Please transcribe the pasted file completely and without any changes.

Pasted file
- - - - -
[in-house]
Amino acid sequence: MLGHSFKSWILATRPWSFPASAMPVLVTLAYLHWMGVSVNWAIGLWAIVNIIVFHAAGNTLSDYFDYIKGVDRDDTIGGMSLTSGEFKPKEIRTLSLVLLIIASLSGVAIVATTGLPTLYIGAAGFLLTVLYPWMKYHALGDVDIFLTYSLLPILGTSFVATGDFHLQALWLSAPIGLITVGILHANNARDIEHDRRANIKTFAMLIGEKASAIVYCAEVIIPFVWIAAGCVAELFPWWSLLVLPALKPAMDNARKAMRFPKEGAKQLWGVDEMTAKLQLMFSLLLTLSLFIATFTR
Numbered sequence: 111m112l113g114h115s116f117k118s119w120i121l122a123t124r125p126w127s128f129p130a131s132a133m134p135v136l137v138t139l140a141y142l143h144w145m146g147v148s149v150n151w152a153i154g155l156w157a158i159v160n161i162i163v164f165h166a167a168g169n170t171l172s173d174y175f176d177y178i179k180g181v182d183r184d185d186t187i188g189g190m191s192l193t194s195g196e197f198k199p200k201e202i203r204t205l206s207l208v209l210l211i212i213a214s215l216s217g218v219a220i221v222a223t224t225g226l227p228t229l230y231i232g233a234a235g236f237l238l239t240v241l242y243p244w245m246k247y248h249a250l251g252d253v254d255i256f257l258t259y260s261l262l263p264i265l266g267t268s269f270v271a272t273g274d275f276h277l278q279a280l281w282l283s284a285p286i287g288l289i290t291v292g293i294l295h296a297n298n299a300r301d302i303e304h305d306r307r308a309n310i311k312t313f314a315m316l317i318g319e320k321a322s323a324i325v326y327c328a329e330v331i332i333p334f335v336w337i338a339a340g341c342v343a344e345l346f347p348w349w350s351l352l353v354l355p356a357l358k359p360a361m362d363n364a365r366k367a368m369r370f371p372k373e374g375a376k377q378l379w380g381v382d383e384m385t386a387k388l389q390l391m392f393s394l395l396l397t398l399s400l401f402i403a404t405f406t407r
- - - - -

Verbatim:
[in-house]
Amino acid sequence: MLGHSFKSWILATRPWSFPASAMPVLVTLAYLHWMGVSVNWAIGLWAIVNIIVFHAAGNTLSDYFDYIKGVDRDDTIGGMSLTSGEFKPKEIRTLSLVLLIIASLSGVAIVATTGLPTLYIGAAGFLLTVLYPWMKYHALGDVDIFLTYSLLPILGTSFVATGDFHLQALWLSAPIGLITVGILHANNARDIEHDRRANIKTFAMLIGEKASAIVYCAEVIIPFVWIAAGCVAELFPWWSLLVLPALKPAMDNARKAMRFPKEGAKQLWGVDEMTAKLQLMFSLLLTLSLFIATFTR
Numbered sequence: 111m112l113g114h115s116f117k118s119w120i121l122a123t124r125p126w127s128f129p130a131s132a133m134p135v136l137v138t139l140a141y142l143h144w145m146g147v148s149v150n151w152a153i154g155l156w157a158i159v160n161i162i163v164f165h166a167a168g169n170t171l172s173d174y175f176d177y178i179k180g181v182d183r184d185d186t187i188g189g190m191s192l193t194s195g196e197f198k199p200k201e202i203r204t205l206s207l208v209l210l211i212i213a214s215l216s217g218v219a220i221v222a223t224t225g226l227p228t229l230y231i232g233a234a235g236f237l238l239t240v241l242y243p244w245m246k247y248h249a250l251g252d253v254d255i256f257l258t259y260s261l262l263p264i265l266g267t268s269f270v271a272t273g274d275f276h277l278q279a280l281w282l283s284a285p286i287g288l289i290t291v292g293i294l295h296a297n298n299a300r301d302i303e304h305d306r307r308a309n310i311k312t313f314a315m316l317i318g319e320k321a322s323a324i325v326y327c328a329e330v331i332i333p334f335v336w337i338a339a340g341c342v343a344e345l346f347p348w349w350s351l352l353v354l355p356a357l358k359p360a361m362d363n364a365r366k367a368m369r370f371p372k373e374g375a376k377q378l379w380g381v382d383e384m385t386a387k388l389q390l391m392f393s394l395l396l397t398l399s400l401f402i403a404t405f406t407r